June Gardening tips from Texas A&M AgriLife Extension
It is summer and that means the days are longer and hotter so try to get your gardening done in the morning and evening when it is more pleasant to be outside.
Planting Opportunities. There is still plenty of time to plant colorful, heat-tolerant summer annuals. Directly seed in sunny areas zinnias, gomphrena (bachelor buttons), and portulaca (moss rose); and purchase transplants of celosia, periwinkle, salvia, marigold, tithonia, zinnias, copper plants and purslane. For part or full shade, plant nicotiana, impatiens, begonias, caladiums, salvia and coleus. Be sure to water transplants regularly until roots become established.
Tropical plants are often overlooked in the quest for summer color. They offer spectacular color all summer long and give you even more bang for your gardening buck. Tropicals planted directly in the ground make interesting and colorful additions to the garden. Try esparanza (yellow bells), firebush (Hamelia), allamanda, mandevilla, Mexican heather, tropical hibiscus, brugmansia (angel’s trumpet), and bougainvillea.
Lantana is another great summer bloomer for the blazingly sunny, hot spot in your yard. Lantana varieties grow either upright as 3 or 4 foot shrubs or spreading like a ground cover, and they come in a variety of colors from cool white and lavender to hot orange and yellow.
Remove faded flowers (called dead-heading) on all perennials and annuals before they set seed to keep the plants compact, growing and producing more flowers. A light application of fertilizer every 4 to 6 weeks helps keep annuals productive and pretty.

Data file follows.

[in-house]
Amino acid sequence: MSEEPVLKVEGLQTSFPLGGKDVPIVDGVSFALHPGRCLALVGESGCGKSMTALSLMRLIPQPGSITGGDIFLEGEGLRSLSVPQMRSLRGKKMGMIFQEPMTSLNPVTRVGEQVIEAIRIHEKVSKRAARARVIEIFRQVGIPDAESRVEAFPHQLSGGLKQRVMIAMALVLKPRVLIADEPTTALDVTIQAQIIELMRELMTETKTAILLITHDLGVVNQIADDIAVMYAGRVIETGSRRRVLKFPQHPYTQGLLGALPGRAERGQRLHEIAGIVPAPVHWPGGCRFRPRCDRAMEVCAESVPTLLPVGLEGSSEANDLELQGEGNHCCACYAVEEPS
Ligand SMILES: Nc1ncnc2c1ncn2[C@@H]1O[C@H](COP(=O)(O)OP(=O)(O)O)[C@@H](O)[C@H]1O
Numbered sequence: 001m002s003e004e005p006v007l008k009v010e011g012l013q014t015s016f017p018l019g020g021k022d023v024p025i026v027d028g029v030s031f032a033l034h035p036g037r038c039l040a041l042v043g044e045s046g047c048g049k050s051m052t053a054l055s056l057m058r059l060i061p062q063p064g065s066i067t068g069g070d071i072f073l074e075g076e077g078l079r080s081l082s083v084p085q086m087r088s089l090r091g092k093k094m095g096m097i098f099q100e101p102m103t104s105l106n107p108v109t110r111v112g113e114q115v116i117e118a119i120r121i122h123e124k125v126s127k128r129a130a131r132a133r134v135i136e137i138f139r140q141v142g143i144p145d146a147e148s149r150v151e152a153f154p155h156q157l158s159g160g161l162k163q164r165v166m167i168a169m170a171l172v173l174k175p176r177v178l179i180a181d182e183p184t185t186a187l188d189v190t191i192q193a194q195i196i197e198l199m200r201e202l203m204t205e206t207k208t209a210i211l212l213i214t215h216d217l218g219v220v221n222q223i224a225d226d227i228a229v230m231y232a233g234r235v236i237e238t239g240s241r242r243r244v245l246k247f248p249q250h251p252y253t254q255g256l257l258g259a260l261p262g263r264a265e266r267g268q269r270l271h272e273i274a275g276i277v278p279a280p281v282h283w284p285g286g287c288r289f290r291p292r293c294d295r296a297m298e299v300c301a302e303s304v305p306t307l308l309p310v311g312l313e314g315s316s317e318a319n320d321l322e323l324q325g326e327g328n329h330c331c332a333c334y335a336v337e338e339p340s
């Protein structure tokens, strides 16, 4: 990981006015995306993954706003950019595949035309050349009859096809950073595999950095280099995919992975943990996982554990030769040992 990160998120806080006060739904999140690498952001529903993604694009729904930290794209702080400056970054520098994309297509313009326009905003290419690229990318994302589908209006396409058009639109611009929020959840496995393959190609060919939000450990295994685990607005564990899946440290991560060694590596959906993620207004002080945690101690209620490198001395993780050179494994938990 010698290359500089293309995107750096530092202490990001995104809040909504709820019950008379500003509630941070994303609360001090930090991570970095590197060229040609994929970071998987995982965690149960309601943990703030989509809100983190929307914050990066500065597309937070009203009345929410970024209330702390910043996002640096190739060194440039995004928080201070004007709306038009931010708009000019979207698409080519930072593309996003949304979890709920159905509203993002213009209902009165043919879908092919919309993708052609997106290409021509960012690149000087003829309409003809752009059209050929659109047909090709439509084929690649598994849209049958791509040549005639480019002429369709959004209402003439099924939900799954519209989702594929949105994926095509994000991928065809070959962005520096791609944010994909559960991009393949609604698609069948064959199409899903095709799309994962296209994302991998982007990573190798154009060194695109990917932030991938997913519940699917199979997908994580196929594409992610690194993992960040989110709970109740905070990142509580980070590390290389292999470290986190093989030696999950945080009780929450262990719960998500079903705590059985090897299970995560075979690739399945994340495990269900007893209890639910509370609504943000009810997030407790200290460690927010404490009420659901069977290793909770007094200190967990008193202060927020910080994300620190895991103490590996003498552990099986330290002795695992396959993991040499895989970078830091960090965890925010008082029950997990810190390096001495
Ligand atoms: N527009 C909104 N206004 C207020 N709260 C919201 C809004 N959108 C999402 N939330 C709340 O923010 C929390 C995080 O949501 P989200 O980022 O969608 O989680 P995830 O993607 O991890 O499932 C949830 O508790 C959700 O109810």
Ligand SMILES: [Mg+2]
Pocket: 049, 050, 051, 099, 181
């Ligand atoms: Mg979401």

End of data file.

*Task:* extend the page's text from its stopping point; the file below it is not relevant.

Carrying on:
As long as you can supply water, it is not too late to plant trees, shrubs, ground covers, and establish new lawns. Supplemental water during the first year of establishment and during dry periods is the key to success. But do not over water new plants. More new plants are killed by over watering than by drought.
Crape myrtles will start blooming soon and that is a great time to select the right color variety for your yard to compliment your home. Be sure to pick one that matures to the exact height for the location. That eliminates the need to annually prune it back to fit the spot. There are many named varieties to choose from, each with a definite growth habit, color and mature height. Varieties with Indian tribe names like ‘Natchez’, ‘Hopi’, ‘Muskogee’ and ‘Acoma’ are interspecific hybrids with very good resistance to powdery mildew.
Bare spots in your garden and flower beds are the breeding ground for weeds. All a weed seed needs is a little bit of light and water to germinate. Prevent weeds by spreading mulch over all bare areas in your flower and vegetable gardens and under and around shrubs. Pine straw is an excellent choice and is slow to decompose. A layer of mulch will also cut down on a plant’s water needs.